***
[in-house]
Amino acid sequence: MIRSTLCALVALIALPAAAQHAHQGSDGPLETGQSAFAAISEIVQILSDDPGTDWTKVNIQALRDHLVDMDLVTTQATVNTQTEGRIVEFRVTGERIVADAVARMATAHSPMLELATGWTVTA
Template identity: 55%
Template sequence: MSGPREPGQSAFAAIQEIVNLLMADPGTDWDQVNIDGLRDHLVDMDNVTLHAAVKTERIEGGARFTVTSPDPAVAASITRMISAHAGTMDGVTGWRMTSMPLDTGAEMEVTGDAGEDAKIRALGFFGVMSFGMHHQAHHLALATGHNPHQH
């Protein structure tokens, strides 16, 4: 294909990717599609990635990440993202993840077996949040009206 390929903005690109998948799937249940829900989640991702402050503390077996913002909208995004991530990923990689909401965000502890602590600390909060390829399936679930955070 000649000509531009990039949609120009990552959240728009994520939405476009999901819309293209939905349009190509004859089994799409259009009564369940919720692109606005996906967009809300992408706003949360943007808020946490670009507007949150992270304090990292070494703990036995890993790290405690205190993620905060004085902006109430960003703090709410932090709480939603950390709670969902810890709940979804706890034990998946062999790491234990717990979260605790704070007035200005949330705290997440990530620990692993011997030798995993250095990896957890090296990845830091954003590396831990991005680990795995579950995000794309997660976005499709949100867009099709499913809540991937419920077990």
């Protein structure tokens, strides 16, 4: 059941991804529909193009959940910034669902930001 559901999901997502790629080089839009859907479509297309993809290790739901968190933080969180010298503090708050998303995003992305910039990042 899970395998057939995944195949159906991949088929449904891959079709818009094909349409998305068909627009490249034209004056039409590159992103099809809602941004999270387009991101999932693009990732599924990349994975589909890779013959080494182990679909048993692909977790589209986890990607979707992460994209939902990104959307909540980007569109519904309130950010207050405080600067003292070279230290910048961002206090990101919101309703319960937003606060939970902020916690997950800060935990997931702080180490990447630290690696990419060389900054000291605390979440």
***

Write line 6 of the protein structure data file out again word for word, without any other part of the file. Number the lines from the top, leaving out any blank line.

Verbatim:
């Protein structure tokens, strides 16, 4: 059941991804529909193009959940910034669902930001 559901999901997502790629080089839009859907479509297309993809290790739901968190933080969180010298503090708050998303995003992305910039990042 899970395998057939995944195949159906991949088929449904891959079709818009094909349409998305068909627009490249034209004056039409590159992103099809809602941004999270387009991101999932693009990732599924990349994975589909890779013959080494182990679909048993692909977790589209986890990607979707992460994209939902990104959307909540980007569109519904309130950010207050405080600067003292070279230290910048961002206090990101919101309703319960937003606060939970902020916690997950800060935990997931702080180490990447630290690696990419060389900054000291605390979440």